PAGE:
But not Twilight and the more awkwardly labeled sequel The Twilight Saga: New Moon. The plot for each can be summed up in a single sentence: lonely teen babe Bella falls for the ethereal charms of “vegetarian” vampire Edward Cullen, much to the chagrin of shapeshifting childhood pal Jacob and a competing band of bad neckbiters who look like Eurotrash. The End. That’s right—add in a Anne Rice rip-off called The Volturi (undead royalty who rule the subspecies, apparently) and a moustached dad who has a hard time understanding his ghoul-craving daughter and you’ve got everything you need for nearly 270 minutes of meandering emo nonsense. Morrissey was never as mopey as this somnambulist stupidity—and he had a girlfriend in a coma.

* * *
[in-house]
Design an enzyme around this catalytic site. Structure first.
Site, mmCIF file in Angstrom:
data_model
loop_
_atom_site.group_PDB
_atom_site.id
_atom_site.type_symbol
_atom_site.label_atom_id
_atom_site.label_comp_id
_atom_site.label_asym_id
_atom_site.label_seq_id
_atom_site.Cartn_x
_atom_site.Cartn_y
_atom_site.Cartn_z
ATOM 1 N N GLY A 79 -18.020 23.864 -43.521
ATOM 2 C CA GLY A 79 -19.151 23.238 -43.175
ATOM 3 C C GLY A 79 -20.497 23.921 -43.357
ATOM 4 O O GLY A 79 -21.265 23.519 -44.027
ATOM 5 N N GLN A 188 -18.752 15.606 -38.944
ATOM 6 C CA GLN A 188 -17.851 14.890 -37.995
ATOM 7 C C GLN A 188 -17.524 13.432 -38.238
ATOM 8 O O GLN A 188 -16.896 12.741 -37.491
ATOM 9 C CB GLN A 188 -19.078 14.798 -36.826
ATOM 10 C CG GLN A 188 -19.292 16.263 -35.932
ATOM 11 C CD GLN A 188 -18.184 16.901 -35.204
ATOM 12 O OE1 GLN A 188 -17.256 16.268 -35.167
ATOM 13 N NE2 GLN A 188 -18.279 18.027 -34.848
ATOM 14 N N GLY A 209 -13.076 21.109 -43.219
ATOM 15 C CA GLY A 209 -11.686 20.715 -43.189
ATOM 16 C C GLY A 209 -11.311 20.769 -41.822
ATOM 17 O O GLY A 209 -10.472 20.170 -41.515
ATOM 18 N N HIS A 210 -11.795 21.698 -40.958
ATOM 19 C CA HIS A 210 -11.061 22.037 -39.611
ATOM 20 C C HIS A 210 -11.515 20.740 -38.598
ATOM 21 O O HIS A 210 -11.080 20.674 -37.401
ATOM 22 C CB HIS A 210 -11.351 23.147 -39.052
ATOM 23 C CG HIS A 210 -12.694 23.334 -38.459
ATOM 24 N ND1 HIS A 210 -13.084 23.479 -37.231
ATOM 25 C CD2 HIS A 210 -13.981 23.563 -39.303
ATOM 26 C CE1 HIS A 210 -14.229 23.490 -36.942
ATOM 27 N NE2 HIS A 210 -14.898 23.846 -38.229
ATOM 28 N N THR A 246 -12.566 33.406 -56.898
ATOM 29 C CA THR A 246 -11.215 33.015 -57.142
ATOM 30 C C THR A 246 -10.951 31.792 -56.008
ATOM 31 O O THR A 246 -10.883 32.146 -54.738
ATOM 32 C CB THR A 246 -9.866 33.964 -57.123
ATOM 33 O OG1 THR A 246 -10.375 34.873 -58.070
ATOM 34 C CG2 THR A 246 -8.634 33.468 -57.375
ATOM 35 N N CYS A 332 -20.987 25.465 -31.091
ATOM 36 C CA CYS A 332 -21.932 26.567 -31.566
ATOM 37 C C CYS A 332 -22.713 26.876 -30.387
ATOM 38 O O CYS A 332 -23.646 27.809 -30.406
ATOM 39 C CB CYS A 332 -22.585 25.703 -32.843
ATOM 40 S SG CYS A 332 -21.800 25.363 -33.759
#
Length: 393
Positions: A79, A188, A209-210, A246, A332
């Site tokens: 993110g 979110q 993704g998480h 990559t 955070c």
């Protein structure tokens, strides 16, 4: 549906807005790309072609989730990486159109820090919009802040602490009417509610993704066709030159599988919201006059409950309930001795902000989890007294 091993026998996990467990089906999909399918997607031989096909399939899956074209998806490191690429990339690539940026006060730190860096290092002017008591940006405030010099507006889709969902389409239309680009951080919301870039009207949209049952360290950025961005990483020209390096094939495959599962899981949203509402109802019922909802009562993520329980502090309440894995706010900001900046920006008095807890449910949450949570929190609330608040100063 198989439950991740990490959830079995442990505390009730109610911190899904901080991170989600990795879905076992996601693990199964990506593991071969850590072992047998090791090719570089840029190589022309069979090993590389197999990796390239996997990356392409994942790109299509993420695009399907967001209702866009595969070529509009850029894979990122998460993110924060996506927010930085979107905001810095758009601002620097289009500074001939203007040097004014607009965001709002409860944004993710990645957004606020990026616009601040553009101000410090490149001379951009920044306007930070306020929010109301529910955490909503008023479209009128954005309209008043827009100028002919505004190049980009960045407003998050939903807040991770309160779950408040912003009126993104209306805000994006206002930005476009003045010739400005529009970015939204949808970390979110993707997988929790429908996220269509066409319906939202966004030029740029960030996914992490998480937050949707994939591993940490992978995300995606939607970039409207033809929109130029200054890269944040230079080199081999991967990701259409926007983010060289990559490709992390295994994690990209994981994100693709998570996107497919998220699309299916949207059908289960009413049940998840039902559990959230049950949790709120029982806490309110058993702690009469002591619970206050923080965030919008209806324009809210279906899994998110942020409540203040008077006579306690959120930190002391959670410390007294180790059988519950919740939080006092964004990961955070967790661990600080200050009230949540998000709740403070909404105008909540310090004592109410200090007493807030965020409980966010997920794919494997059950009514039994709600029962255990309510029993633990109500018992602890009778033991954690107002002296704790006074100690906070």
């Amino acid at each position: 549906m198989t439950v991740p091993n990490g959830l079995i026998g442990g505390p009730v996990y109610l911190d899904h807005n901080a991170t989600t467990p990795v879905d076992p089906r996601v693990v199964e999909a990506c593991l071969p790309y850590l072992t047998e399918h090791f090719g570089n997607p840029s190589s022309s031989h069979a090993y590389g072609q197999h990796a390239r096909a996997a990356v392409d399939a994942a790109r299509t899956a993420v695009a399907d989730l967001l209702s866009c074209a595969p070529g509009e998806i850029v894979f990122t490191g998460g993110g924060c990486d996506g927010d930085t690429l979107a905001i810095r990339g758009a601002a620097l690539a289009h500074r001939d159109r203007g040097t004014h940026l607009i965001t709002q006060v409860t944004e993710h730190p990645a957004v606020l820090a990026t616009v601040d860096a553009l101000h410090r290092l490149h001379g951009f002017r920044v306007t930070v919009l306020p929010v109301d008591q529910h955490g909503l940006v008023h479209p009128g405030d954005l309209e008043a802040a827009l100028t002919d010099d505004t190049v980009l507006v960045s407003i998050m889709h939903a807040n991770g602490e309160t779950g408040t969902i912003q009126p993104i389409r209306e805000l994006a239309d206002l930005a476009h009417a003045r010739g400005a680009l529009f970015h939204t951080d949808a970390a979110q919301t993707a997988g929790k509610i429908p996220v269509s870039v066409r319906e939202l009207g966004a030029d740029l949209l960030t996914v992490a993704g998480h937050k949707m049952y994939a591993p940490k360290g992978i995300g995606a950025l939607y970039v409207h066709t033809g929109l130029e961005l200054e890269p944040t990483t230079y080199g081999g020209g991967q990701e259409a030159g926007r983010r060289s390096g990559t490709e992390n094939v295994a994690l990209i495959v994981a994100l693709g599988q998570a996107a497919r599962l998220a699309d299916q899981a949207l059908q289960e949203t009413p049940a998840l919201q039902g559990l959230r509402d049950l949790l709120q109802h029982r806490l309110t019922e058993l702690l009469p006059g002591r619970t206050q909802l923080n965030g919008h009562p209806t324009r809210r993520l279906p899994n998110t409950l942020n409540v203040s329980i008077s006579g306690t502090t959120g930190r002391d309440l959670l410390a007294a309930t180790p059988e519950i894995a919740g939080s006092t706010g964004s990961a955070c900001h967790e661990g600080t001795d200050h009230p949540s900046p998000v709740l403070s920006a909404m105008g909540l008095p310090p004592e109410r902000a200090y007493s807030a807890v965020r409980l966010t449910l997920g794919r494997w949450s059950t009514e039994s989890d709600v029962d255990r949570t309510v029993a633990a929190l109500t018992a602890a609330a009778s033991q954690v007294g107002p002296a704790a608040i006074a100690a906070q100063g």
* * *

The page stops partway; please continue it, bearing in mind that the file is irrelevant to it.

It wouldn’t be so bad if the acting amplified the feeling of force storyline contrivance, but in the persona of Kristen Stewart, Rob Pattinson, and Taylor Lautner, Bella, Edward, and Jacob become escaped wax museum figurines. She can’t speak a single line without fluttering her eyelids like a silent movie star and adding huge trailer truck sized dramatic pauses. Blood-drinking he could teach the members of the mumblecore generation a thing or two about whispered indignation while our reluctant lycanthrope let’s his eyebrows and electric white teeth do most of the heavy lifting. Conversations between these three are like watching Alzheimers victims remember their past—painful, with significantly more lapses in logic than lucid moments. And when you stick them inside a story which is nothing more than masturbation fodder for the hard-up, homely, and horny, you’re bound to be disappointed—perhaps, suicidally so.